Market Power

Musings by an academic economist on the power of markets and the power over markets.

Friday, November 12, 2004

Millionaire Owners

Opponents of sports subsidies often point to the wealth of those asking for the subsidy. Here’s one example with the following statement found approximately two-thirds towards the end:

" "The fact that major league sports are subsidized is sinful," (Steve) Khalil says. "You have billionaire owners, you have millionaire players, and they stick their hands out to taxpayers for subsidies. It's just not right." "

Even economists use this rhetoric. Skip Sauer at The Sports Economist links to this editorial by Dennis Coates originally appearing in the Washington Post and now posted by the Cato Institute. Prof. Coates quotes a statement allegedly made by P.T. Barnum, “There’s a sucker born every minute,” and writes:

“How else to explain people's willingness to believe politicians and millionaire (emphasis added by me) sports team owners' claim that spending millions of taxpayer dollars on a baseball stadium will lead to economic growth for the community?”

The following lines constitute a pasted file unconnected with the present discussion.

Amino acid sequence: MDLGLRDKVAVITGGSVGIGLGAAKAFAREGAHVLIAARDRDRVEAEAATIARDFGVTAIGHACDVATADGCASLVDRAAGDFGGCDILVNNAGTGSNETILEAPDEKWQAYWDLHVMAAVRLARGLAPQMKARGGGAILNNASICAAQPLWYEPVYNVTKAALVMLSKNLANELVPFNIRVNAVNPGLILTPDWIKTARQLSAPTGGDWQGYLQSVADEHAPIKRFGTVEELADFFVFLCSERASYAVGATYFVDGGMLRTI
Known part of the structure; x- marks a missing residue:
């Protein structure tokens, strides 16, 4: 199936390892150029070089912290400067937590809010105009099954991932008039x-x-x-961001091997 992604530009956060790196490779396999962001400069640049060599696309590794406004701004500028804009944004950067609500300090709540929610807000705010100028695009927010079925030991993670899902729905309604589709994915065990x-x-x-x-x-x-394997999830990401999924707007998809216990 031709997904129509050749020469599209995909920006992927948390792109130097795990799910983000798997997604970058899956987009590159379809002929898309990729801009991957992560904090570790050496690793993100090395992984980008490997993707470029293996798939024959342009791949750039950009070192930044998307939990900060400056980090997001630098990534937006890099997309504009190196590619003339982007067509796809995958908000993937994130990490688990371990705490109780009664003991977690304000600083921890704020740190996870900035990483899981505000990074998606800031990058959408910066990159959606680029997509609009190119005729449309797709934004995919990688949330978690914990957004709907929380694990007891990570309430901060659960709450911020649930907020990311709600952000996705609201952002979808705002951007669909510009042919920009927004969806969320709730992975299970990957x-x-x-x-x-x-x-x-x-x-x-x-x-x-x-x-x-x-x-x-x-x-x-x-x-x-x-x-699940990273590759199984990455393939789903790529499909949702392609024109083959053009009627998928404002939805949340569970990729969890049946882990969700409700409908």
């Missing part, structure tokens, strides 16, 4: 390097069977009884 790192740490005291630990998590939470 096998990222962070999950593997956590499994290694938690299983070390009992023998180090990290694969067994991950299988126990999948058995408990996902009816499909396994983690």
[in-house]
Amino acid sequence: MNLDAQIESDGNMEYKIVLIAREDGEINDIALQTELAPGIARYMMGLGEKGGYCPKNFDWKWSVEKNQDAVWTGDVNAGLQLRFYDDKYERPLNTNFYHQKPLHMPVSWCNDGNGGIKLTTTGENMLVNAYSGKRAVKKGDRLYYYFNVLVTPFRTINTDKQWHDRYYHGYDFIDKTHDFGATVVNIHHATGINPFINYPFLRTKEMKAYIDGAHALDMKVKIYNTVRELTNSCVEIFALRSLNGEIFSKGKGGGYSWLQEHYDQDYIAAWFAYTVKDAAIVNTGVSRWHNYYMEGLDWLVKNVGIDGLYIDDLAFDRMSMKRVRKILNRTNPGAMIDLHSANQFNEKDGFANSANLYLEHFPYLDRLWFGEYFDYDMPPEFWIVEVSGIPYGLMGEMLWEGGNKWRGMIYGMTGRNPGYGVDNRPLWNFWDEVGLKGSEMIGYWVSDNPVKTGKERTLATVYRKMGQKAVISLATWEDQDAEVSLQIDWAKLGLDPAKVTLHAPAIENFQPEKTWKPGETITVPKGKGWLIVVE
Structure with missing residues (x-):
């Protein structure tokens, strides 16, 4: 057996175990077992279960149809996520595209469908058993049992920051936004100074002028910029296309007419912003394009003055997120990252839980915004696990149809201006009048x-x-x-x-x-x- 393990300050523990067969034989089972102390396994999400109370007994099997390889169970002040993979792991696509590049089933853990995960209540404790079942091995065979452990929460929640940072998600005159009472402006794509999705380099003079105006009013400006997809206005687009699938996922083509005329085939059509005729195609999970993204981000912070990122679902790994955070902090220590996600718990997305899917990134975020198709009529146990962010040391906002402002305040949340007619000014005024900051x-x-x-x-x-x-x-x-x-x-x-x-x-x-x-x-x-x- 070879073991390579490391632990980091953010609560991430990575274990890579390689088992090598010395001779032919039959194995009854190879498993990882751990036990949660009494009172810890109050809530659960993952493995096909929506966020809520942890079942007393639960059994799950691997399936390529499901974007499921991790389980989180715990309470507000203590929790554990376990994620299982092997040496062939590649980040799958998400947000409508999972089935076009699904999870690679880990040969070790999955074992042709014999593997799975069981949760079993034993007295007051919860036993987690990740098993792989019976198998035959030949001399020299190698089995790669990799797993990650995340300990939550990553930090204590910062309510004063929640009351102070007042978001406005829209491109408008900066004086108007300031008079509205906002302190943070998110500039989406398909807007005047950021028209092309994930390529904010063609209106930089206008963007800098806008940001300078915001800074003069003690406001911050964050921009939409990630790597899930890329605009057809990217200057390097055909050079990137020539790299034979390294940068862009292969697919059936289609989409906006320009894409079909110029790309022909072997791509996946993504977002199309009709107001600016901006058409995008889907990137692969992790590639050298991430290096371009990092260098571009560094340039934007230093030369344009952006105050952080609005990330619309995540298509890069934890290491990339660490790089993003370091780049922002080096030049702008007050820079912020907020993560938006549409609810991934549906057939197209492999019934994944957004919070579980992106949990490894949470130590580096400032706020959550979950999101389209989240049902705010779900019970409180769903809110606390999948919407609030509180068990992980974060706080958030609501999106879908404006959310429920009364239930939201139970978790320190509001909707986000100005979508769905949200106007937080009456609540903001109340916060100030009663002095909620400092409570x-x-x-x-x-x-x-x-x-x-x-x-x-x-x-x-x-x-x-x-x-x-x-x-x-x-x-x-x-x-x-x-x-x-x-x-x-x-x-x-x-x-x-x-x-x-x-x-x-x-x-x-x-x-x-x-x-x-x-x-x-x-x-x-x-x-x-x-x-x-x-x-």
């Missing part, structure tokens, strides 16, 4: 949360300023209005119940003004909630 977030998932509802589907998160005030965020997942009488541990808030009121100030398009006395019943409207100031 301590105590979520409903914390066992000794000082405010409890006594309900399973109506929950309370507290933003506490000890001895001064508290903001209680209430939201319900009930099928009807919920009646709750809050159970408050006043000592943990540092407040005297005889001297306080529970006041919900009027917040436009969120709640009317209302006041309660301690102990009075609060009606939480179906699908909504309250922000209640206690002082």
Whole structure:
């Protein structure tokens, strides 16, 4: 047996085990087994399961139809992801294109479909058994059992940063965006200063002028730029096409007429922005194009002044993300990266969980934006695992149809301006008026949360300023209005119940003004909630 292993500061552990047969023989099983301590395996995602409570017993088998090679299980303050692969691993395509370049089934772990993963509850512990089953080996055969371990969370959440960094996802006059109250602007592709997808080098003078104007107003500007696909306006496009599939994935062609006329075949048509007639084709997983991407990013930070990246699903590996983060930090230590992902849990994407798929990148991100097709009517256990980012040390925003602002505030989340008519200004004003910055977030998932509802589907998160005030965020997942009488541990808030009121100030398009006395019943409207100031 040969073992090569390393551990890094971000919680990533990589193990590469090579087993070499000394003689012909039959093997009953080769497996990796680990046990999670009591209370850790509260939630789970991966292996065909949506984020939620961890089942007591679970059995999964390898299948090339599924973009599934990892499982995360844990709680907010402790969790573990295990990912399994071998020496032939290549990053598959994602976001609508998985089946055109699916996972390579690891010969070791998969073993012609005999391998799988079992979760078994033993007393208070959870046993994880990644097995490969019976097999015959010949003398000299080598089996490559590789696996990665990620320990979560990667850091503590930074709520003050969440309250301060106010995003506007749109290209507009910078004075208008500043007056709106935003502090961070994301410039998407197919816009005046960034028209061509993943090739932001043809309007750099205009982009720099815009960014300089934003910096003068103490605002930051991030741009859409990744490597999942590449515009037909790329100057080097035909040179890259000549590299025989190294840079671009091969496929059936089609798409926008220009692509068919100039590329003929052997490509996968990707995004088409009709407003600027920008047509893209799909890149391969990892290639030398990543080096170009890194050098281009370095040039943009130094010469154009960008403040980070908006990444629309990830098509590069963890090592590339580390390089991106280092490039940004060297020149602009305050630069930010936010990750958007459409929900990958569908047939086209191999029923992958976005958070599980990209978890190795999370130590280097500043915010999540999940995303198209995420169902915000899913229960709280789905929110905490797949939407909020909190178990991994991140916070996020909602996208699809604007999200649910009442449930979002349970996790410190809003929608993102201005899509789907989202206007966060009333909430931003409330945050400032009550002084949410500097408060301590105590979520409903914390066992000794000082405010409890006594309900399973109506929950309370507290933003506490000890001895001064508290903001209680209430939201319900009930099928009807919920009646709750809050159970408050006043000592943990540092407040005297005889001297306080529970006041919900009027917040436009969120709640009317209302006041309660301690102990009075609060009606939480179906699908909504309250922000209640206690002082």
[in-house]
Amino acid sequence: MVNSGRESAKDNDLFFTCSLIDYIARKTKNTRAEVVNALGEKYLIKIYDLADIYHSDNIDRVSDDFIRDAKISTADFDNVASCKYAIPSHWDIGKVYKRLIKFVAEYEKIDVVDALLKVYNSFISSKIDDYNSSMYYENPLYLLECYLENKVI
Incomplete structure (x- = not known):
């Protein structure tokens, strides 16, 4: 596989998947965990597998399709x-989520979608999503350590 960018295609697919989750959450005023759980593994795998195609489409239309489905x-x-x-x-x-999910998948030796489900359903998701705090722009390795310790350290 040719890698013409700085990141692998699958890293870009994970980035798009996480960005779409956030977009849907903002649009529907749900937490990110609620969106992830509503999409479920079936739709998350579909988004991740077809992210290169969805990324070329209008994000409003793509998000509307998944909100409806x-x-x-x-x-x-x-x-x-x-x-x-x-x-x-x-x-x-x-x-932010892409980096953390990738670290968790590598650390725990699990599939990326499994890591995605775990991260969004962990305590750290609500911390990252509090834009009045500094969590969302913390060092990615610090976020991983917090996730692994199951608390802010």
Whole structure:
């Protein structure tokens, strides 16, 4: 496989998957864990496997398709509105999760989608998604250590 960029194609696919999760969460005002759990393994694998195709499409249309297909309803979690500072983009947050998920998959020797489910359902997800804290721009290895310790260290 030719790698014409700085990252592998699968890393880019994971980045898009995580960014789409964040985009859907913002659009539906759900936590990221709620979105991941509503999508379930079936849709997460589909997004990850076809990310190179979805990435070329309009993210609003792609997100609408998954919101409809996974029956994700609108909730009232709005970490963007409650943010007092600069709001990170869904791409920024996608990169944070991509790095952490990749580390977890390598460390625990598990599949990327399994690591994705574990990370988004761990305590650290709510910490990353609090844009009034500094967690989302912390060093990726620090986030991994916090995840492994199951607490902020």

Why, in the economic argument against sports subsidies, is it important that sports team owners (and player) are m(b)illionaires? The argument for subsidies for some activity is that it generates external benefits – good things that are felt by people who do not engage in the activity. Proponents of stadiums frequently point to the jobs and income generated externally by sports teams. Economists have soundly debunked that myth. Now much of the current economic research focuses on “commonality” and “quality of life” externalities – sports teams draw people together and makes the local community more enjoyable.

Externalities are externalities – by definition they are felt those who do not engage in an activity. If the local millionaire comes up to me and blows smoke in my face, it impacts me exactly as smoke blown in my face by the third baseman on my softball team. It matters not how much money either has in his bank account or wallet.

There are plenty of reasons to dislike subsidies for professional sports teams, but the fact that owners are m(b)illionaires is not one of them.